Dynamically Allocated Arrays

I’m working on a .ase loader for loading my models… I’m not all that great with C++, but im trying… Anyhow, i have read in an “int index”, which is the number of verticies that are going to be read in next, I now need an array of array[index][3], for the x,y,z of each vertex… Anyway, i dont know how to make it use “index” as a declarer for the size of the array…
Can anyone help me out on this? If you could, please post an example…
Thanks in Advance.

There are two ways of managing dynamic memory, only one of which I can do effectively, its actually very easy. Look at the example below:

int x;
cin >> x;
char *data;
data = new char [x];
for(int i = 0; i<x; i++) {
data[i] = “A”;
cout << data << endl;
delete data[];

The only line I’m not sure of being correct is the last one, being delete data[] but I’m 50% sure thats correct. Look up new and delete, they rule! Isn’t that easy though?

Not to be picky, but it would actually be

delete [] data;

how sure are you about that? don’t the [] always come after the variable name? What’s the sense in that?

Please explain, thanks a lot

I’m 100% sure of that.

delete and delete [] are different “operators.”

You’re right that the brackets always come after the variable name when defining the array, but the delete [] operator is a special case where they come first.

Part of the reason they did it that way I think, was because if you have something like so…

char** ppChArray = new char*[10];
for (int c=0;c<10;c++) ppChArray[c] = new char[10];

// now delete
for (int c=0;c<10;c++)
delete [] ppChArray[c]; // seems cleaner somehow than delete ppChArray[c][]

delete [] ppChArray;

[This message has been edited by Deiussum (edited 11-22-2002).]

Yah I guess your right. So what do you do when you wanto delete one of the dimensions of the array x[y]? Is it delete [] x[]?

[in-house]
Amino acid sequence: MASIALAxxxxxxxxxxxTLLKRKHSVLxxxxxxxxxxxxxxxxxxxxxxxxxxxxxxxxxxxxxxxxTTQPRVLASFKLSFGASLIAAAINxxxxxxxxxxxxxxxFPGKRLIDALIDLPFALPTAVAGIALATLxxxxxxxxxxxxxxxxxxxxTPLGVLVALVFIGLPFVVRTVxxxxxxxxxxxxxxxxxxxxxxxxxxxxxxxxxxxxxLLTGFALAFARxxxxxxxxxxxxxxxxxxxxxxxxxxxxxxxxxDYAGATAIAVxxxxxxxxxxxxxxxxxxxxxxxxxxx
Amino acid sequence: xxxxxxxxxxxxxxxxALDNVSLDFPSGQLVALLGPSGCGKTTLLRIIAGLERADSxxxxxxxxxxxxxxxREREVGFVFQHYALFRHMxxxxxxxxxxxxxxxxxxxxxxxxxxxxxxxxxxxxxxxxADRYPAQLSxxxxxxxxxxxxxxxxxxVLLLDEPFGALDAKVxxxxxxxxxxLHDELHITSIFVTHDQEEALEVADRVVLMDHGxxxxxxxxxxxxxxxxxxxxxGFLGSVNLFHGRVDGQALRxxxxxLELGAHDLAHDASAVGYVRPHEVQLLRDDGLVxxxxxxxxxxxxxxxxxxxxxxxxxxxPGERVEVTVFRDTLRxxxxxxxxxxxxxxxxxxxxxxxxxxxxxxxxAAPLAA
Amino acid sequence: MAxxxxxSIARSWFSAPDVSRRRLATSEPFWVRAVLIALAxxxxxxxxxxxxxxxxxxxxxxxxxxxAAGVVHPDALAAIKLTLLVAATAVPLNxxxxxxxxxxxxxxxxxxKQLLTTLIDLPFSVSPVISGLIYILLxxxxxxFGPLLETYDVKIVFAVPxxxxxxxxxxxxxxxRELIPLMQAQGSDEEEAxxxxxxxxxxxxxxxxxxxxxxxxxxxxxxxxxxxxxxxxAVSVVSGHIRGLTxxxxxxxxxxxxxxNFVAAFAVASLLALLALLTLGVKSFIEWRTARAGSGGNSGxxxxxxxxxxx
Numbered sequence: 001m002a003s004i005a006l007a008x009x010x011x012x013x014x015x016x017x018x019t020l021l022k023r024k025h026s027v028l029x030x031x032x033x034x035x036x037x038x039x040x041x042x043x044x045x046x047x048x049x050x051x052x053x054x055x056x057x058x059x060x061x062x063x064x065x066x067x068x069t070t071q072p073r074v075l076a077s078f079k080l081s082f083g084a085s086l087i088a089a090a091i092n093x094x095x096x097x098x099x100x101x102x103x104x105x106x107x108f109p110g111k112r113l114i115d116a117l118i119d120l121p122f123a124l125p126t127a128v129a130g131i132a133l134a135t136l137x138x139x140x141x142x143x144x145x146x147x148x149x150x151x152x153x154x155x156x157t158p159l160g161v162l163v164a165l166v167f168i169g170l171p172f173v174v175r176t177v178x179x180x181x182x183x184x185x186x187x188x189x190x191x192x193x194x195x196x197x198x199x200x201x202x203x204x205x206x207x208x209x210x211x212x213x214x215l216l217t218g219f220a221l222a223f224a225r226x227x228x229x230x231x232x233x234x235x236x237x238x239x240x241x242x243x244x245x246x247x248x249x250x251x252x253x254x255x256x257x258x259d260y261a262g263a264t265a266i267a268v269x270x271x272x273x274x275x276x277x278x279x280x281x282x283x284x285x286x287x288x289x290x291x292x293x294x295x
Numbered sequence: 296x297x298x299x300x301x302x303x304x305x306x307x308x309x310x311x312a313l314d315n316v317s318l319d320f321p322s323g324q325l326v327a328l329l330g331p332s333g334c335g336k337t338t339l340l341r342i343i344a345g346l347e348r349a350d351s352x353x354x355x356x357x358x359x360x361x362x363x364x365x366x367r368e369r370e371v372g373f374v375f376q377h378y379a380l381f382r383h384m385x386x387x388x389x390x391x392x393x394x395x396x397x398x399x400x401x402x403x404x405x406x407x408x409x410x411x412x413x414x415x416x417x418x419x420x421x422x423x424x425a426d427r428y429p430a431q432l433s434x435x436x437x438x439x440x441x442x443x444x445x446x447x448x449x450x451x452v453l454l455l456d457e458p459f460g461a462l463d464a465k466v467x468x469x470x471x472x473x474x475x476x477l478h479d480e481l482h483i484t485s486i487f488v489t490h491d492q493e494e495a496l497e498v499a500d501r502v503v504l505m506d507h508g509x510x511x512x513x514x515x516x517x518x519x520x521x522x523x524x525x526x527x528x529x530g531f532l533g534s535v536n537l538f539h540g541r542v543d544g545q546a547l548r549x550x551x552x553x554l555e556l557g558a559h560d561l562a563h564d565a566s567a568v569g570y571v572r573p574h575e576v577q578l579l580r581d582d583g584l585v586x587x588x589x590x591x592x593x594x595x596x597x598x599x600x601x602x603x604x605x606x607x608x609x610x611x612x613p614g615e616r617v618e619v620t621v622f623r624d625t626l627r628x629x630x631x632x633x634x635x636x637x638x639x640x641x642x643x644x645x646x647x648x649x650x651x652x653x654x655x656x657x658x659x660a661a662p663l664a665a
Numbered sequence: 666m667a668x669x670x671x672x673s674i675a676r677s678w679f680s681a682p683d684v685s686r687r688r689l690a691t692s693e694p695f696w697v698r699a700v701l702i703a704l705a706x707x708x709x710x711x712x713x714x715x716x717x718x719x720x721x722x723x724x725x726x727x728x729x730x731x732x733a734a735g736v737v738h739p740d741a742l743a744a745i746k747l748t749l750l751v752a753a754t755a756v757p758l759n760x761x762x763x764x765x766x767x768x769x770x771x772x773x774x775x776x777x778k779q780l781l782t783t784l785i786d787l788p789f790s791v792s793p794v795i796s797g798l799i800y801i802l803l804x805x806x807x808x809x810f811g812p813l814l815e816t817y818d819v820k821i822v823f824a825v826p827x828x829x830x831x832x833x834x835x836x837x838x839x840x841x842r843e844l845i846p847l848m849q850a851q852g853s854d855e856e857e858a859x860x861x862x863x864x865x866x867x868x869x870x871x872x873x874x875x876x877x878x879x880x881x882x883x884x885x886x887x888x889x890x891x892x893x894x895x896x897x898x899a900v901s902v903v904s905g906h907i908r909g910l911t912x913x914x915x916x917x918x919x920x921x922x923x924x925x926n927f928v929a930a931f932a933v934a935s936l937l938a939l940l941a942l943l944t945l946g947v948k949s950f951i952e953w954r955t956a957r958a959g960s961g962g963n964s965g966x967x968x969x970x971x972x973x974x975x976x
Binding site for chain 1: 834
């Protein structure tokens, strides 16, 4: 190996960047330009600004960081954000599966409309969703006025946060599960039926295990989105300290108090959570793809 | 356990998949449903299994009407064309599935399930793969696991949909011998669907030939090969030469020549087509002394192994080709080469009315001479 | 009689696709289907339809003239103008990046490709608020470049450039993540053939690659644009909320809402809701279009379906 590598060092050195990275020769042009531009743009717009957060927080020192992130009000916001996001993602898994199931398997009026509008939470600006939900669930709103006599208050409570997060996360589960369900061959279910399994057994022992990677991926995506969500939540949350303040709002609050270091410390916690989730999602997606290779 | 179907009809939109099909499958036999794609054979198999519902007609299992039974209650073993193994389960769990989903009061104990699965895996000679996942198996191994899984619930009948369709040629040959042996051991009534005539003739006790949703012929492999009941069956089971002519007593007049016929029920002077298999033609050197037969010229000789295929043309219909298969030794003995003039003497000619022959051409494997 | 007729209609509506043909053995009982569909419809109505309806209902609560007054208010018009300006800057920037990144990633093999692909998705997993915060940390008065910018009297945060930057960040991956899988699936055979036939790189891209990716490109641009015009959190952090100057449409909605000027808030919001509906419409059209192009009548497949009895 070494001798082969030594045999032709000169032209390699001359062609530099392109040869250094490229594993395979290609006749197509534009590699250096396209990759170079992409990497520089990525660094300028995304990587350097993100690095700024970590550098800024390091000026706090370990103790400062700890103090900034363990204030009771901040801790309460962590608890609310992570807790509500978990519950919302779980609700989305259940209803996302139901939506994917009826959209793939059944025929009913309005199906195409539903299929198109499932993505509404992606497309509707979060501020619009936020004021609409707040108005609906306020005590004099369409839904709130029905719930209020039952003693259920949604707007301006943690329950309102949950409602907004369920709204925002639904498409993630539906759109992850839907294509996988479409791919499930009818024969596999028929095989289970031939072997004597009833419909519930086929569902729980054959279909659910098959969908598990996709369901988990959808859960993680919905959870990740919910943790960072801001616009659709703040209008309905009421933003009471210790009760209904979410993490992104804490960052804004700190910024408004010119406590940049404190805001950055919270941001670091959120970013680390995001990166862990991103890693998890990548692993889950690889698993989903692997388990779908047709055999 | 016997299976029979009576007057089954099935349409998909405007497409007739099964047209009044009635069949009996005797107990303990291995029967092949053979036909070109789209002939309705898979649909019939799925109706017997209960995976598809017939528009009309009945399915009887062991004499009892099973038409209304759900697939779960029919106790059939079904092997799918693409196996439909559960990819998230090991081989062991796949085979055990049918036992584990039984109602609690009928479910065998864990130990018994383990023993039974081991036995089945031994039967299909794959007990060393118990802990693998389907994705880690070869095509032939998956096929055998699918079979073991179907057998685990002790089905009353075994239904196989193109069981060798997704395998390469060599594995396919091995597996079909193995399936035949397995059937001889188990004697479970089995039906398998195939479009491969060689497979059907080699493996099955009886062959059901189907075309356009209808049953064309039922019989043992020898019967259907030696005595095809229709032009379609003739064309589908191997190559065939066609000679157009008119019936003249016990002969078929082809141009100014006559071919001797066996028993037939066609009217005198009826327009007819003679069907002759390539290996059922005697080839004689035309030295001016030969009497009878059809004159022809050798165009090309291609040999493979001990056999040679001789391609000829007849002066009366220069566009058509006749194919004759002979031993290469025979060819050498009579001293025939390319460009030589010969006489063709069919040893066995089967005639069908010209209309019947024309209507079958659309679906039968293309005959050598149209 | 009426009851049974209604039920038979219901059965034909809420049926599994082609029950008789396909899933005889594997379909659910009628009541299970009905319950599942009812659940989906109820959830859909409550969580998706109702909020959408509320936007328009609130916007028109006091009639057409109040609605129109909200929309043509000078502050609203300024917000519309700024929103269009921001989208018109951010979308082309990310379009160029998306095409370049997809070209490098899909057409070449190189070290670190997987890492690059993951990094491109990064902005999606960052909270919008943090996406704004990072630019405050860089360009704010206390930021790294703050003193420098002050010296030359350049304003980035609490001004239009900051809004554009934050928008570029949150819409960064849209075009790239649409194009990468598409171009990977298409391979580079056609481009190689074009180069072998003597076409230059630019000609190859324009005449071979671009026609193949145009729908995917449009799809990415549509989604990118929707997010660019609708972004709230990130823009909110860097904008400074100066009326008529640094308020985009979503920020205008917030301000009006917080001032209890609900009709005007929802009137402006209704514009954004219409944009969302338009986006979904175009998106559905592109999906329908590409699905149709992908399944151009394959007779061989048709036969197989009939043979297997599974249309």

WOW!!! lol, thats so helpful, i love this board, you guys rock! I’ve seen the new and delete commands, but never used them… again, this helps a ton, and you guys rule, (im out of school for the weekend) but if i have any more trouble getting this to work, ill be sure to post back!
Thanks again!

Originally posted by 31337:
Yah I guess your right. So what do you do when you wanto delete one of the dimensions of the array x[y]? Is it delete [] x[]?

You’d have to know which element you want to delete. It would be

delete [] x[nIndexToDelete];

and remember, if you have an array:


and you use this:

delete buf;

without the [], this will only delete the first entry in the array.


Using delete on an array allocated with new[] is undefined behaviour. Most compilers I know of will release the whole memory block though, but don’t count on it working properly.

I usually don’t use delete on arrays, so I really should have verified my statement above before posting. I use MSVC 6 and my program craches when I use delete on an array allocated with new[]. So I suppose I know at least one compiler that can’t handle new/delete mismatches. But nothing wrong with that, since it’s undefined behaviour.